Snow Joe SJ622E – SJ623E 18-Inch 15 Amp Electric Snow Blower Review by Merrill Shadwell.
Selecting the right snow blower out of a blizzard of options is a tough job. That’s especially true in the mid-range arena where balancing price against features is so tricky. The Snow Joe SJ622E may just solve that dilemma for a many potential buyers.
SJ623E = SJ622E + Halogen Lamp
The SJ622E, like the similar SJ623E, is an electric model. No gas to worry about, you just plug it in. That brings pros and cons with it, of course. And sometimes the pro is a con (and vice versa) depending on your circumstances.
Almost all electric models are lightweight. The SJ622E tips the scales at a very modest 32 lbs (14.4 kg). The SJ623E is only two pounds heavier – 34 lbs/15.4 kg – the result of adding a halogen lamp system.
That makes it a great unit for some women and young teens who might struggle with a heavier unit. But it does limit what this Snow Joe model can be expected to do. Unlike those huge gas-powered units, it won’t cut through thick layers of ice or deep layers of packed slush.
Clearing Width and Throw Distance
Even so, the SJ622E does a pretty good job of getting all but the hardest-to-move stuff off your driveway and sidewalks. It can remove a swath up to 18 inches wide and 10 inches deep. Those aren’t just theoretical figures from the manufacturer. Actual use shows it lives up to the billing.
It can toss that snow up to 30 feet, though 10-15 feet is more likely when it’s slushy. The larger figure is for the mid-moisture-level stuff. Pure powder can’t go very far because of air resistance and sopping slush is too heavy for the SJ622E to toss that far.
Still, even the lower figure is typically enough. At 720 pounds of snow per minute you can clear a pretty big space in short order. A 15-foot wide x 30-foot long driveway should take less than 20 minutes.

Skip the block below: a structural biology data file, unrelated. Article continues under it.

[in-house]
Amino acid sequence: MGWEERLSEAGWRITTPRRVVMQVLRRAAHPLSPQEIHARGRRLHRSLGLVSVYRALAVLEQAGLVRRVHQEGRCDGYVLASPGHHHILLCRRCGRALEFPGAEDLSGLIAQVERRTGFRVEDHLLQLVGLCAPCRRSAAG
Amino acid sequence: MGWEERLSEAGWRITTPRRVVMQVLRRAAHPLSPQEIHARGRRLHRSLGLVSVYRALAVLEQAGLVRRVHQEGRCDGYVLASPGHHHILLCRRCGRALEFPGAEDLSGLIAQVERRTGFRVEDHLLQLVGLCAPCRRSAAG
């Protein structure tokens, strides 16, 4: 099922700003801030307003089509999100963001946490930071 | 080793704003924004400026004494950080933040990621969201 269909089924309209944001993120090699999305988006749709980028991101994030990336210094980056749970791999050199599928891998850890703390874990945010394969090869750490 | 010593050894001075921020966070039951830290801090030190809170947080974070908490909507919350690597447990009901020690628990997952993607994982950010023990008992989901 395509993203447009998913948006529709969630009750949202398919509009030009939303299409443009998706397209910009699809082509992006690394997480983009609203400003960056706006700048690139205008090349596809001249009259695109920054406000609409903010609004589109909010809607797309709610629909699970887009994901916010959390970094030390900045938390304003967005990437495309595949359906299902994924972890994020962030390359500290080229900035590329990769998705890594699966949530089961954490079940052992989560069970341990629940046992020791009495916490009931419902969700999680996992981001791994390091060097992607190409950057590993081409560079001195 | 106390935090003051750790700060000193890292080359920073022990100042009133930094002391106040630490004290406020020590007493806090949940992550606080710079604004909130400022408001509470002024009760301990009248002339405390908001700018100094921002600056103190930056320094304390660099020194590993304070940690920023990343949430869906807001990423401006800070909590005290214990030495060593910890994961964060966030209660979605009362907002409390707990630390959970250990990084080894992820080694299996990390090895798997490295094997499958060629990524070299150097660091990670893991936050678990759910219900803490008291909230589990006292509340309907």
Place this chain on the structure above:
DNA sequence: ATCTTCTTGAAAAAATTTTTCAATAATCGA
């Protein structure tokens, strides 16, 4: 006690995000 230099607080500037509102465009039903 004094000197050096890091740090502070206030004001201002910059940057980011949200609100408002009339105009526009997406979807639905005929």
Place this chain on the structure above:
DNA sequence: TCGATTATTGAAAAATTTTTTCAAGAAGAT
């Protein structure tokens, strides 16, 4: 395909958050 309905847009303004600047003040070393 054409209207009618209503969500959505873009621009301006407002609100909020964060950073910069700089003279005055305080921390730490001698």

In theory, you can clear a similar amount off of grass but that’s usually tougher because of the way snow sticks to the lawn. Expect it to take a little longer if you want those areas cleared. Also, you need to take great care to avoid gravel, which some lawns have in unfortunate abundance.
Thanks to four steel blades that make up the rotor you don’t have to worry about cracking. You do with some of the lower-cost units that sport plastic blades. Sure, high-impact plastic is pretty impressive these days. But it doesn’t stand up well to rocks, at least not on a rotor that’s spinning up to 2450 RPM (unloaded).
The adjustable chute rotates 180 degrees, though, so you can direct that snow anywhere you would want to put it. True, there are times near corners where a greater angle and a reversible rotor would help, but those times are rare.
15 Amp Motor
Much of that clearing ability is the result of the fine electric motor on this unit. A 15-amp rating may not sound like much but efficiency marks the difference and anything higher would tax a standard home circuit. No matter. Except on those big ice chunks or very heavy slush, the SJ622E isn’t likely to bog down. If you regularly have to deal with that you should be prepared to spend more to get more.
The tradeoff you make for getting less power is more convenience (and a lower price, naturally). There’s no gas-oil mixture to buy or stock and this electric starts with the push of a button and pull of a lever. That easy-access off-on lever on the upper bar is both a nice safety feature (let it go and the snow thrower stops) and easy to pull even wearing thick gloves. There are tradeoffs to tradeoffs, though, because like almost all electric models you do have to deal with a cord.
Make life easier for yourself and invest a few extra dollars (roughly $10 more) to get a special winterized extension cord of whatever length you need. That type stays relatively flexible in the coldest weather. Some even have little lighted ends to make plugging in and removal in dim light supremely easy. The latter also gives you a visual indicator that power is being provided to the snow thrower.
Like any mid-range model (both in terms of price and features) there are things the SJ622E (or SJ623E) lacks that high-price models have. If you have tough, thick snow and ice to move, or a huge area to clear, you’ll need to look elsewhere. But for most homeowners in locations where snow storms are modest, it will keep up just fine.
There is a trivial amount of setup. The handle assembly requires only a few turns on some large plastic wingnuts. Likewise, the chute crank assembly takes only a few minutes – and no expertise – to put together. The wheels are an unfortunate compromise. They’re made of plastic not rubber.
The low weight, wide and high rotor assembly, and easy overall use are far better than a sore back from manual shoveling. At the same time, this snow thrower offers considerably more snow-removal size and power than a mere electric snow shovel.